The resources committee of the parish council met last week to agree a response to the local government review which is being carried out by Ashford Borough Council and which has a deadline of May 29.
The review was mainly about parish boundaries and the number of representatives for each parish, and we decided that on these issues we would recommend no change. i.e. the boundary of Wye with Hinxhill should remain the same, and that we should continue with 11 parish councillors. 150529CommunityGovernanceReview
While I was supportive of the submission, I was nevertheless surprised that we couldn’t identify anything that needed changing. Local government after all doesn’t appear to be particularly accountable or effective at the moment. In Ashford there were only elections in a handful (7?) for the 38 parish councils. Wye continues to have 3 vacancies on its council. Despite localism, most people seem disinterested in what their local representatives get up to. In fact most people are probably unaware as to who they even are.
Maybe that is the root of the problem. No biographical information is distributed during the election period. There is no media interest. Parish councillors are merely listed by name on the ballot paper.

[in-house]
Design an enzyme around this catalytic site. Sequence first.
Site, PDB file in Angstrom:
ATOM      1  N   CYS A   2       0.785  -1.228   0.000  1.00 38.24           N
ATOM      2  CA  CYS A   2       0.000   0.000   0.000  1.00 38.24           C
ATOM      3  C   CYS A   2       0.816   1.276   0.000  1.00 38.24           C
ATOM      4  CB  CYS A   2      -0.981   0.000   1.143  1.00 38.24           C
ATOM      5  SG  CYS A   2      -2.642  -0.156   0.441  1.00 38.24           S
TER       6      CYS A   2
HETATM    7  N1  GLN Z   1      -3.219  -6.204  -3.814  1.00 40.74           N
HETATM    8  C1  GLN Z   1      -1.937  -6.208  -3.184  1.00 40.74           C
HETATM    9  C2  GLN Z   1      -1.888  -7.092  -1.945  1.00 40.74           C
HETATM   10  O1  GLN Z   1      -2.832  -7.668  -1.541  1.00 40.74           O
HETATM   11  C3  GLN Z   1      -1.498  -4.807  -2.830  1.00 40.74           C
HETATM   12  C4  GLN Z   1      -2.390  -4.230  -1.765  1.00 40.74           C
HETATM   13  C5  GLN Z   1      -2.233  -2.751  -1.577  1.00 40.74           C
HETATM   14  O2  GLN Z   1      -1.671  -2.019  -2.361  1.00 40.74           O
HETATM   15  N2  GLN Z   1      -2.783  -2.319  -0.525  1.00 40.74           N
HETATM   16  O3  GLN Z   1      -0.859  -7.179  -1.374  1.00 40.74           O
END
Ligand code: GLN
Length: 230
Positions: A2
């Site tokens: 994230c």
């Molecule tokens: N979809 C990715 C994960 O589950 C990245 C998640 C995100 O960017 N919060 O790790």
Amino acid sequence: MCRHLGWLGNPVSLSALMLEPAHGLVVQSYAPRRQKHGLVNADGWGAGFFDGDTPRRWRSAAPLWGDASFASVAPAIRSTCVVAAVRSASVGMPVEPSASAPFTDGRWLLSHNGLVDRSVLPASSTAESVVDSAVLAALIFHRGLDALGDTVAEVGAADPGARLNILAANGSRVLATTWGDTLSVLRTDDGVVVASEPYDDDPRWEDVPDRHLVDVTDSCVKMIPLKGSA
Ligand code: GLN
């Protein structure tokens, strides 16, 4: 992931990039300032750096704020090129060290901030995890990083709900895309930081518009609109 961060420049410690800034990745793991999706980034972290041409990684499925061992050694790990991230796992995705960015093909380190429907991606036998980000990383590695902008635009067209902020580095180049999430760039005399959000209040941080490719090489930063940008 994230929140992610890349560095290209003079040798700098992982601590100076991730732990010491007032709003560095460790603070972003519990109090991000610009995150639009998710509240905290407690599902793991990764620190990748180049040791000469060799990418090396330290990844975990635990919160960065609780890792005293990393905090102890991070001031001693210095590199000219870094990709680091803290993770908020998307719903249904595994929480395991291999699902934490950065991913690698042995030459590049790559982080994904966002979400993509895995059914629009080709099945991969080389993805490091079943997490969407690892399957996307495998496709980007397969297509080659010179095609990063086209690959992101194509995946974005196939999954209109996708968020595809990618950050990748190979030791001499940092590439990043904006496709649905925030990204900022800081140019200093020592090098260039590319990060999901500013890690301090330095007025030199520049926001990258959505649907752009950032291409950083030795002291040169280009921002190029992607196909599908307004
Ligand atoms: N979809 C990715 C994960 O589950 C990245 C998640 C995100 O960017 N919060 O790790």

Who are we? And, quite frankly, why should anyone care?
Might it not be a good idea for people standing for parish or borough elections to be required to distribute a three line biography prior to the poll? Just factual biographical information – nothing that might be construed as political you understand. At the very least might it not be a good idea to for the ages of representatives to be listed, their professions and the streets in which they live? Perhaps such simple information could actually be put on the ballot paper itself?
I suspect that such a change would need sanction by organisations of greater power and august influence than Ashford Borough Council. Which is why we didn’t include anything like this on our review submission. And we don’t really know who we’re submitting the review to of course. We are all stuck in an anonymous loop – full of nametags and bits of paper and pretty little else.